Personally, I prefer relative quiet, either at home, early or late in the day, during the day at a library or even as yesterday in a pub. Breakfast at a Wetherspoons, a large empty table my small laptop/tablet computer with free coffee top-ups, while my car was at the garage.

We discussed also the acquiring of ideas, the overheard phrase or sentence, an ending to a story then filling in the events leading up to that finale. At least one of our number describes himself as Pantster, “flying by the seat of his pants”, writing down the thoughts as they form in his mind. Judging by his output it works very well for him. Within our group we are fortunate in having a diverse pool of talented writers. Our work in progress; “Where the Wild Winds Blow”, is nearing completion and showcases this talent.

Every one of us works differently. Each has their own way of finding inspiration, a method of working, marshalling thoughts as they are turned into the written word. My own stories are shown to me as a video played out in my mind, whilst I try valiantly to record the unfolding events. Later I return to rewind, stop, pause and touch up the pictures. Adding in the barely seen detail, amplifying the quiet words or thoughts of the actors. As the rough chapters increase to become what will hopefully be my novel, it has become essential to make a chronological plan. The events need to have a semblance of order. Cycle rides and walks help me add flesh to the bones of ideas and concepts. Clarifying and touching up the parts of the pictures that need it.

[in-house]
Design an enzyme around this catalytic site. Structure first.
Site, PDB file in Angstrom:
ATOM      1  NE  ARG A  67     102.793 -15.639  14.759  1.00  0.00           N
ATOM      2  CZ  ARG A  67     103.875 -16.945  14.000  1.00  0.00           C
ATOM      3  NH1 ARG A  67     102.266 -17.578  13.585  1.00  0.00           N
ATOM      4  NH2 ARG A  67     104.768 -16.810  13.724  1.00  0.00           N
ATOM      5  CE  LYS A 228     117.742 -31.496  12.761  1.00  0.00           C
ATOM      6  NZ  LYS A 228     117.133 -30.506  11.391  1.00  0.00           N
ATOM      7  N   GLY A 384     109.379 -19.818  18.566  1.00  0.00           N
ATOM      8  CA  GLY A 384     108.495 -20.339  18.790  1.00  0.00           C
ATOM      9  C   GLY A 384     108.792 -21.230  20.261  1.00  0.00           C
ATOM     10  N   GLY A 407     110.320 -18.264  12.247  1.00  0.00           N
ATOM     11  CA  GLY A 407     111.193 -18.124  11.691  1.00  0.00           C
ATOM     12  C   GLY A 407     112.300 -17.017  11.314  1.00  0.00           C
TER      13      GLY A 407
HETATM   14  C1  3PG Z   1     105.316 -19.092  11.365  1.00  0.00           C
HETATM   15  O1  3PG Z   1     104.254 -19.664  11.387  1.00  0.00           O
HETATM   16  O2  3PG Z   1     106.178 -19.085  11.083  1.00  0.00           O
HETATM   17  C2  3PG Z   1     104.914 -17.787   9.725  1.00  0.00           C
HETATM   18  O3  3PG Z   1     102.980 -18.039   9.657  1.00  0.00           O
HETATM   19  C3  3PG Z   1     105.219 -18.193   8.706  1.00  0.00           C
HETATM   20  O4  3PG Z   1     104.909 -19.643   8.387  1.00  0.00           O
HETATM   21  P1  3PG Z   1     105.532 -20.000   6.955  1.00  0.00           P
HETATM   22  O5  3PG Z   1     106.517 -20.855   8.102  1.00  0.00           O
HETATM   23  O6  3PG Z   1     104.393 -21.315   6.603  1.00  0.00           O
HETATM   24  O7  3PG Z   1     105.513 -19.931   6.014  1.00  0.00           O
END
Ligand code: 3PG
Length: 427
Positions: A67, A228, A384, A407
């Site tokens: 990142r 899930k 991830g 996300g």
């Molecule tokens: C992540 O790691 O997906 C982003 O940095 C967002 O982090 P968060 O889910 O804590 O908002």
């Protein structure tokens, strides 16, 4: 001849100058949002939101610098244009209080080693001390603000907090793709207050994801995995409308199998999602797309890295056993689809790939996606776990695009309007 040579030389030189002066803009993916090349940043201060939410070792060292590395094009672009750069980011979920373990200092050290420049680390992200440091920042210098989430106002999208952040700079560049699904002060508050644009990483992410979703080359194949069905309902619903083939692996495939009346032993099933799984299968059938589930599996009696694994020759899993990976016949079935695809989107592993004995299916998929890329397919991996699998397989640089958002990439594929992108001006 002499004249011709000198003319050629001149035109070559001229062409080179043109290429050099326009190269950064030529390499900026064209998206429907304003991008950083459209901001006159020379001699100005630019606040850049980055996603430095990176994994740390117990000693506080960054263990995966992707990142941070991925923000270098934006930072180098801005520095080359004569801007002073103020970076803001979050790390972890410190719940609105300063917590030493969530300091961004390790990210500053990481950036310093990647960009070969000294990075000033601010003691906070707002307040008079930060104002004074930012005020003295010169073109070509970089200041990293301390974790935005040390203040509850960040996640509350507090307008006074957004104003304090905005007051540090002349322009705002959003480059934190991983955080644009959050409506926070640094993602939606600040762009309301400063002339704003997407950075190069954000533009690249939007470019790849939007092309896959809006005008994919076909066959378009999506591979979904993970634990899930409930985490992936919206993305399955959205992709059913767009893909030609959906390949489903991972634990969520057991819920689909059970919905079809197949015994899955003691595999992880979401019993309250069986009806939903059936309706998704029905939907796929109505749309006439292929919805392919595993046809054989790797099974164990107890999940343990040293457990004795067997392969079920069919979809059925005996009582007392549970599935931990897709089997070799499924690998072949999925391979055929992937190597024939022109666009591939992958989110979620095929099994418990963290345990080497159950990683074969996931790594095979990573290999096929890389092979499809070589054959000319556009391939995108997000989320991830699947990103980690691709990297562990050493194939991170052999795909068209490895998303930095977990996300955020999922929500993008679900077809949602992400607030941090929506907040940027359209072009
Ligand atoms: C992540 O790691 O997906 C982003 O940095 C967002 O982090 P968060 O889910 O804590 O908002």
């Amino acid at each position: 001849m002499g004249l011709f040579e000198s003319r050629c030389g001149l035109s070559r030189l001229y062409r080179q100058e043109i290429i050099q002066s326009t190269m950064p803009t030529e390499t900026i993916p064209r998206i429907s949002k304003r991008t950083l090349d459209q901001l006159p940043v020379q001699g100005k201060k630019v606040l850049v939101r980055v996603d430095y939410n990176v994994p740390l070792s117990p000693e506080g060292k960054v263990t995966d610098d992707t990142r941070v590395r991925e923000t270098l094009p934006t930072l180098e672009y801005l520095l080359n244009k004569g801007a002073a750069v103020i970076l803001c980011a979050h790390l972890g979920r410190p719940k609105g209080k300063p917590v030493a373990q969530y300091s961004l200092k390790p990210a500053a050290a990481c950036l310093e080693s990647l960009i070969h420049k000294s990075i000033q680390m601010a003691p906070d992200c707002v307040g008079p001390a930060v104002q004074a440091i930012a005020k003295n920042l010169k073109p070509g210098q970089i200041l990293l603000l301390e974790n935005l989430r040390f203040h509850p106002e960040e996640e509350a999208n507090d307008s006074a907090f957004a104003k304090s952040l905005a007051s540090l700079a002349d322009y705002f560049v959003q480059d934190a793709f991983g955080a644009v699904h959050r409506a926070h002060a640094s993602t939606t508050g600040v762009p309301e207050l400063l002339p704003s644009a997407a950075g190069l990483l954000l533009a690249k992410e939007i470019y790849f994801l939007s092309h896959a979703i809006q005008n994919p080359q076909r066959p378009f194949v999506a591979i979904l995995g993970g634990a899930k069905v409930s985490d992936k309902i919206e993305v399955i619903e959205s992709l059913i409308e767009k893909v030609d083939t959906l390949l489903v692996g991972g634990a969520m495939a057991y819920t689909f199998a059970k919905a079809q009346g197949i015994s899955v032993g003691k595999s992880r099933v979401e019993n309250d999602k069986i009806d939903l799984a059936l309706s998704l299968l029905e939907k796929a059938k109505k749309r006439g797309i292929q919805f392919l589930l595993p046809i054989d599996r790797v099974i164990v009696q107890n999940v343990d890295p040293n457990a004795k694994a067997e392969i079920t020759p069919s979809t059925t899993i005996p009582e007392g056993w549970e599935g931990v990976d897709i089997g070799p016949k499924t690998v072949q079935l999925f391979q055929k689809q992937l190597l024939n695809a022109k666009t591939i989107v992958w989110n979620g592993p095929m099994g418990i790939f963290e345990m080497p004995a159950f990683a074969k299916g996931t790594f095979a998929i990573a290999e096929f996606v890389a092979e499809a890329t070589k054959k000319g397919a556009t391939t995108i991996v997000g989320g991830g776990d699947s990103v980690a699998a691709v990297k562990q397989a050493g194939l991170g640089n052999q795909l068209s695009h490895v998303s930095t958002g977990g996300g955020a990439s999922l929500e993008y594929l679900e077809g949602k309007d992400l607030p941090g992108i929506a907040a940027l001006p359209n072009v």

As my novel is set mainly in Cambridge, trips to the city have been necessary  to clarify memories, to fill in the gaps left unseen in maps and on Google. Walking the route a character takes in the plot, enables it to seen, as it appears to that character, a touching up of the detail in the video.

Philip Cumberland

https://fenlandphil.wordpress.com/

Whittlesey Wordsmiths

Fenlandphil's Blog

Lattersey Nature Reserve Whittlesey the walkway in Autumn The walkway at Lattersey Nature reserve the beauty of this scene constantly changes with the seasons

Whittlesey Wordsmiths are fortunate to have within their ranks, two published authors, winners of fiction writing prizes, a very able editor/ proof-reader  and a talented biographer.

Set up under the Whittlesey U3A umbrella this local group meets monthly at the Scaldgate Centre in Whittlesey. Meetings are held every first Thursday of the month from 11am, anyone is able to attend a free taster session but will need to join the U3A to become a member of the group, the fee is £3 per meeting to cover venue costs.

At recent meetings we have been fortunate to have had presentations by two local authors on the intricacies of publishing a book, both in print and online. The talks were informal, informative and very instructive. Thank you Stephen Oliver and Stuart Roberts. Like many commonplace objects…

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Whittlesey Wordsmiths

This is the post excerpt.

We are the Whittlesey Wordsmiths, a group of writers based in the Fenland market town of Whittlesey. The group was set up in February 2017 and now has eleven members. We are currently working on an anthology of short stories and poems, a collection of fact, fiction and fantasy. We are planning to publish the book in time for Christmas 2018. Updates as we progress with this, Wendy